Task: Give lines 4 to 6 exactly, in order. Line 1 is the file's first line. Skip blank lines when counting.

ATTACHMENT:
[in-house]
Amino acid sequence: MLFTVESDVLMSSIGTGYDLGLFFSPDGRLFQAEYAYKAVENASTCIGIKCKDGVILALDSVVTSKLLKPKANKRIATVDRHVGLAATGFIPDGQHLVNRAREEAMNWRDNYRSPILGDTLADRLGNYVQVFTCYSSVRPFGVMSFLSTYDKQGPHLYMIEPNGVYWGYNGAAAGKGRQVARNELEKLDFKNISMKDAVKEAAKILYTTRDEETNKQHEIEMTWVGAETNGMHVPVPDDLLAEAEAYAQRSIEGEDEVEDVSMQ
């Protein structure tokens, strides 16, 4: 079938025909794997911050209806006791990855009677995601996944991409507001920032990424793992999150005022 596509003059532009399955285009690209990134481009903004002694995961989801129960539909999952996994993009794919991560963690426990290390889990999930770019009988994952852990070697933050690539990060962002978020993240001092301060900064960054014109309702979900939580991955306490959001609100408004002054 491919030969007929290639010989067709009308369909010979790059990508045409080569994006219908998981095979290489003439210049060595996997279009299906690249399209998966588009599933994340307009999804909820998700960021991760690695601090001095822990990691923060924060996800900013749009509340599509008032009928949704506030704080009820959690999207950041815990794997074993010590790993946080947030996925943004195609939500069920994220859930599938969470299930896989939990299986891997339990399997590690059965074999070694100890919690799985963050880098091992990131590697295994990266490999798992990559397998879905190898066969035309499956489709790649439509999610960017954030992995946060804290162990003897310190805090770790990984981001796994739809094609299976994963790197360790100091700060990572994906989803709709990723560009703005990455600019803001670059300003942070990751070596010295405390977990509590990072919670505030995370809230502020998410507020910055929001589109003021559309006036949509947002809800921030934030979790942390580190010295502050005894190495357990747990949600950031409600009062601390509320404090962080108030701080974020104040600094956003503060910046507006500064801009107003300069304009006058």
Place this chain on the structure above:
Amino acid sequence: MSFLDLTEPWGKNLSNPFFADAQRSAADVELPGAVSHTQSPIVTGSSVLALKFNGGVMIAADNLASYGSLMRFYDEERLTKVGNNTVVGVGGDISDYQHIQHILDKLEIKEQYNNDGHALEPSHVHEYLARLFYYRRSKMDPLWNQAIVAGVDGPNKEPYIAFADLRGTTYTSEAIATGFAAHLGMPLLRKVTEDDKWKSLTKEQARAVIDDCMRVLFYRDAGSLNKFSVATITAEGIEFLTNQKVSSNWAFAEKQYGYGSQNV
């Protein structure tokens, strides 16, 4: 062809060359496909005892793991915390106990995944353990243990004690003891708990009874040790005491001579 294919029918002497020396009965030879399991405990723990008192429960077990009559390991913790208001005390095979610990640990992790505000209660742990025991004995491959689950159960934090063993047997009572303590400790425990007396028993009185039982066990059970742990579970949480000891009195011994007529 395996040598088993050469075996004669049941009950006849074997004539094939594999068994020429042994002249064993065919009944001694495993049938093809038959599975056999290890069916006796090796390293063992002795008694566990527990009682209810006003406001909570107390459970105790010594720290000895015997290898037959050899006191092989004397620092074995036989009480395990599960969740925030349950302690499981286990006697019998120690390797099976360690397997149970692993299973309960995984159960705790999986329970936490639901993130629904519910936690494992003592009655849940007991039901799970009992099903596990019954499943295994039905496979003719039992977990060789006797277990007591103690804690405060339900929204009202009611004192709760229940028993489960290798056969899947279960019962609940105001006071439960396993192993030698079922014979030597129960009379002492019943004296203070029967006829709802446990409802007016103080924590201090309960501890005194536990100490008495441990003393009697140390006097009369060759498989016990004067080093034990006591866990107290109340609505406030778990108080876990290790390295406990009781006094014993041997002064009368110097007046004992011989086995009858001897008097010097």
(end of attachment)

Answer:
Place this chain on the structure above:
Amino acid sequence: MSFLDLTEPWGKNLSNPFFADAQRSAADVELPGAVSHTQSPIVTGSSVLALKFNGGVMIAADNLASYGSLMRFYDEERLTKVGNNTVVGVGGDISDYQHIQHILDKLEIKEQYNNDGHALEPSHVHEYLARLFYYRRSKMDPLWNQAIVAGVDGPNKEPYIAFADLRGTTYTSEAIATGFAAHLGMPLLRKVTEDDKWKSLTKEQARAVIDDCMRVLFYRDAGSLNKFSVATITAEGIEFLTNQKVSSNWAFAEKQYGYGSQNV
């Protein structure tokens, strides 16, 4: 062809060359496909005892793991915390106990995944353990243990004690003891708990009874040790005491001579 294919029918002497020396009965030879399991405990723990008192429960077990009559390991913790208001005390095979610990640990992790505000209660742990025991004995491959689950159960934090063993047997009572303590400790425990007396028993009185039982066990059970742990579970949480000891009195011994007529 395996040598088993050469075996004669049941009950006849074997004539094939594999068994020429042994002249064993065919009944001694495993049938093809038959599975056999290890069916006796090796390293063992002795008694566990527990009682209810006003406001909570107390459970105790010594720290000895015997290898037959050899006191092989004397620092074995036989009480395990599960969740925030349950302690499981286990006697019998120690390797099976360690397997149970692993299973309960995984159960705790999986329970936490639901993130629904519910936690494992003592009655849940007991039901799970009992099903596990019954499943295994039905496979003719039992977990060789006797277990007591103690804690405060339900929204009202009611004192709760229940028993489960290798056969899947279960019962609940105001006071439960396993192993030698079922014979030597129960009379002492019943004296203070029967006829709802446990409802007016103080924590201090309960501890005194536990100490008495441990003393009697140390006097009369060759498989016990004067080093034990006591866990107290109340609505406030778990108080876990290790390295406990009781006094014993041997002064009368110097007046004992011989086995009858001897008097010097």